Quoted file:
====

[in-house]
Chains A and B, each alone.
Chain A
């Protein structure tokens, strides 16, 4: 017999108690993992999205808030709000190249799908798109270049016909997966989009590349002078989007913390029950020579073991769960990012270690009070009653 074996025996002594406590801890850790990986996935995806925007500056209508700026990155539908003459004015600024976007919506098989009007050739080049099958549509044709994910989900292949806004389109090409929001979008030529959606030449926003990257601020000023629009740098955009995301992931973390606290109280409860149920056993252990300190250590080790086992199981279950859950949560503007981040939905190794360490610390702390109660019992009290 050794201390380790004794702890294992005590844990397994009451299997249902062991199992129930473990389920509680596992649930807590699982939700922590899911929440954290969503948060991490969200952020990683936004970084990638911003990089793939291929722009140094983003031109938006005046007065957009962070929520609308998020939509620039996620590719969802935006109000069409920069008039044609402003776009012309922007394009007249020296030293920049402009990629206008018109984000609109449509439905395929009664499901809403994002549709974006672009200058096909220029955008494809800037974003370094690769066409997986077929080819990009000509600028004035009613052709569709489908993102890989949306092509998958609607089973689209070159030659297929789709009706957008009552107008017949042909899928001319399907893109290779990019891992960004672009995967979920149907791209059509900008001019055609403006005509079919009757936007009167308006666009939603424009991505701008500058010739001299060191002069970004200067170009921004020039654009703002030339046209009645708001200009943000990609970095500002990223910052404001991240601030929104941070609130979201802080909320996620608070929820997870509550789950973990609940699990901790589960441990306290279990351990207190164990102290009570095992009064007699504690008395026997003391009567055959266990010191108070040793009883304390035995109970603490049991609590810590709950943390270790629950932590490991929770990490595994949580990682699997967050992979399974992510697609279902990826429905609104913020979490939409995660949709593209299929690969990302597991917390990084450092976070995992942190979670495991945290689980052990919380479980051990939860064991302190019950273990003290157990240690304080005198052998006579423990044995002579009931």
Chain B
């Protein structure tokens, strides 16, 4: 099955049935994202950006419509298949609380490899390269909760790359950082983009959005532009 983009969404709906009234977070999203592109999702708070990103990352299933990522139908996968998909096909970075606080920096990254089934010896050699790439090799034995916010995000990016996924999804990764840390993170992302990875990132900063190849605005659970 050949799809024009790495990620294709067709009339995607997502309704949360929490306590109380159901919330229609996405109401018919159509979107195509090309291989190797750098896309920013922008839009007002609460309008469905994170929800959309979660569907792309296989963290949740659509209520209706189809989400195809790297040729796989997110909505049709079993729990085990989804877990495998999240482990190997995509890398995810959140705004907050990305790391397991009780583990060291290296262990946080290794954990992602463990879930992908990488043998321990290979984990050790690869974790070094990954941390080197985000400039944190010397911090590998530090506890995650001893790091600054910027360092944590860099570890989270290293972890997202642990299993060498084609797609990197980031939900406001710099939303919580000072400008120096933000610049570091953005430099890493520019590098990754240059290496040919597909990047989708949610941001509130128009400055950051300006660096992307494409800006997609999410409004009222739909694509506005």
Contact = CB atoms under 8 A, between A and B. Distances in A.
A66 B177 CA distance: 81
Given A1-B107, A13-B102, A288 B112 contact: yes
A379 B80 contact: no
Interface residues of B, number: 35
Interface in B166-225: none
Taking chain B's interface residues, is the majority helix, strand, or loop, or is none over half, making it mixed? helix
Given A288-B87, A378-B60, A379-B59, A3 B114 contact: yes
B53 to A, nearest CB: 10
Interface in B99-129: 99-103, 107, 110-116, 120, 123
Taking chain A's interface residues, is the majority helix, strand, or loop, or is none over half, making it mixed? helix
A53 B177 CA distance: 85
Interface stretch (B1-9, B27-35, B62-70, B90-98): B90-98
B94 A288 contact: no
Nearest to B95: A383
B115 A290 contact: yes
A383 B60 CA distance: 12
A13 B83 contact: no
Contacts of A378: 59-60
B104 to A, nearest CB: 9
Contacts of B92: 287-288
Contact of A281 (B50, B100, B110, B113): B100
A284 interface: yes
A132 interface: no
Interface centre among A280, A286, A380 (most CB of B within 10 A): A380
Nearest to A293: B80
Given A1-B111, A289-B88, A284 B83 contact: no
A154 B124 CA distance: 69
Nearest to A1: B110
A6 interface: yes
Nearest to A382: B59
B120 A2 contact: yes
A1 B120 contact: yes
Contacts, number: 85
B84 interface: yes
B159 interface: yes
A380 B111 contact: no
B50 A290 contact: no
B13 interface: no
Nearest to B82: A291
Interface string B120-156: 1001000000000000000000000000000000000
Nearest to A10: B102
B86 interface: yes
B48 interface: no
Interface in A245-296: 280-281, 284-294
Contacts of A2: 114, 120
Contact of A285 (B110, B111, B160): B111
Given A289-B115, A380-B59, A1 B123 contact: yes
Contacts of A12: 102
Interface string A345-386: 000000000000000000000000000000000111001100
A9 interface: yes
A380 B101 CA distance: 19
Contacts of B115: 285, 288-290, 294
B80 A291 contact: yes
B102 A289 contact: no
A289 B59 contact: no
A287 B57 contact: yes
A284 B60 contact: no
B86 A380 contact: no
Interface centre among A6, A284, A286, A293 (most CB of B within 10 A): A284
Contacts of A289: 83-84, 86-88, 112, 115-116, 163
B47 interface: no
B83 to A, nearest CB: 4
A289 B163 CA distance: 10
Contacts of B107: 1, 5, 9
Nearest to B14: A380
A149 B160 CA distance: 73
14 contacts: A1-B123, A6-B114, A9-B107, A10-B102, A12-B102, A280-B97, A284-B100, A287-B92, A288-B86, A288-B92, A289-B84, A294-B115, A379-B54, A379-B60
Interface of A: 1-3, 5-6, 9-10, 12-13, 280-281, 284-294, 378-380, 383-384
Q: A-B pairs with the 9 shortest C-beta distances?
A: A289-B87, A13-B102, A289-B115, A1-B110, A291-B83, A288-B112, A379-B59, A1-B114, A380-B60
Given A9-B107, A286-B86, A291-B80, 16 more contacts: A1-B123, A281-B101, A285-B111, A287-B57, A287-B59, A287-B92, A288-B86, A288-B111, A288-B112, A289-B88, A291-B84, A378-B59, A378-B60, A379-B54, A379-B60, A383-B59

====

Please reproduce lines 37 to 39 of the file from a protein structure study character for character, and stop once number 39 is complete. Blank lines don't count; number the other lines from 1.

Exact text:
Nearest to A382: B59
B120 A2 contact: yes
A1 B120 contact: yes